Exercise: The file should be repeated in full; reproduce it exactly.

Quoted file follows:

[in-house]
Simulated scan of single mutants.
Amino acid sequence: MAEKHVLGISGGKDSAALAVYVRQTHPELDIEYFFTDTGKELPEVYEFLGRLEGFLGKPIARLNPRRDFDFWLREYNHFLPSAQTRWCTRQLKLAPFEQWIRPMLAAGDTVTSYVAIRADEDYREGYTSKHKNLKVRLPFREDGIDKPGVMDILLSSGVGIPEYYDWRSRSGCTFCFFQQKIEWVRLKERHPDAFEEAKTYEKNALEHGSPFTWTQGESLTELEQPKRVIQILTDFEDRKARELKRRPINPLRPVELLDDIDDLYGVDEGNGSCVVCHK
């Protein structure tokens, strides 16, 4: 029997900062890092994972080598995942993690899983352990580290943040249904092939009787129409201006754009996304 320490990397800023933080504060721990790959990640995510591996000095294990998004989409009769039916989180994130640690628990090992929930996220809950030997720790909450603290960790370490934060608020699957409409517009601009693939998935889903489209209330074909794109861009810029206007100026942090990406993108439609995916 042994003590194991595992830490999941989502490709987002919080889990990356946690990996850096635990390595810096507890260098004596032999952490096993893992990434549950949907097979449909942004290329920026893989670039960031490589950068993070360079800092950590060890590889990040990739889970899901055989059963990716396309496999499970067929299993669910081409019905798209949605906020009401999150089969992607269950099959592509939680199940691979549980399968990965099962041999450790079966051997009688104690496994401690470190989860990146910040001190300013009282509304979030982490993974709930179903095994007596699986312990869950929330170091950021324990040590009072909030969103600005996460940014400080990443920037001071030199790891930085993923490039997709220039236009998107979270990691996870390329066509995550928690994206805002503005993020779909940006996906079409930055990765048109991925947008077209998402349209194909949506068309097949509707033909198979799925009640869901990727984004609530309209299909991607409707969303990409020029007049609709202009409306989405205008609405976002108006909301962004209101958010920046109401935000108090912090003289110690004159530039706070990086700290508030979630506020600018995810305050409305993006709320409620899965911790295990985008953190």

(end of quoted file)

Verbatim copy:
[in-house]
Simulated scan of single mutants.
Amino acid sequence: MAEKHVLGISGGKDSAALAVYVRQTHPELDIEYFFTDTGKELPEVYEFLGRLEGFLGKPIARLNPRRDFDFWLREYNHFLPSAQTRWCTRQLKLAPFEQWIRPMLAAGDTVTSYVAIRADEDYREGYTSKHKNLKVRLPFREDGIDKPGVMDILLSSGVGIPEYYDWRSRSGCTFCFFQQKIEWVRLKERHPDAFEEAKTYEKNALEHGSPFTWTQGESLTELEQPKRVIQILTDFEDRKARELKRRPINPLRPVELLDDIDDLYGVDEGNGSCVVCHK
């Protein structure tokens, strides 16, 4: 029997900062890092994972080598995942993690899983352990580290943040249904092939009787129409201006754009996304 320490990397800023933080504060721990790959990640995510591996000095294990998004989409009769039916989180994130640690628990090992929930996220809950030997720790909450603290960790370490934060608020699957409409517009601009693939998935889903489209209330074909794109861009810029206007100026942090990406993108439609995916 042994003590194991595992830490999941989502490709987002919080889990990356946690990996850096635990390595810096507890260098004596032999952490096993893992990434549950949907097979449909942004290329920026893989670039960031490589950068993070360079800092950590060890590889990040990739889970899901055989059963990716396309496999499970067929299993669910081409019905798209949605906020009401999150089969992607269950099959592509939680199940691979549980399968990965099962041999450790079966051997009688104690496994401690470190989860990146910040001190300013009282509304979030982490993974709930179903095994007596699986312990869950929330170091950021324990040590009072909030969103600005996460940014400080990443920037001071030199790891930085993923490039997709220039236009998107979270990691996870390329066509995550928690994206805002503005993020779909940006996906079409930055990765048109991925947008077209998402349209194909949506068309097949509707033909198979799925009640869901990727984004609530309209299909991607409707969303990409020029007049609709202009409306989405205008609405976002108006909301962004209101958010920046109401935000108090912090003289110690004159530039706070990086700290508030979630506020600018995810305050409305993006709320409620899965911790295990985008953190």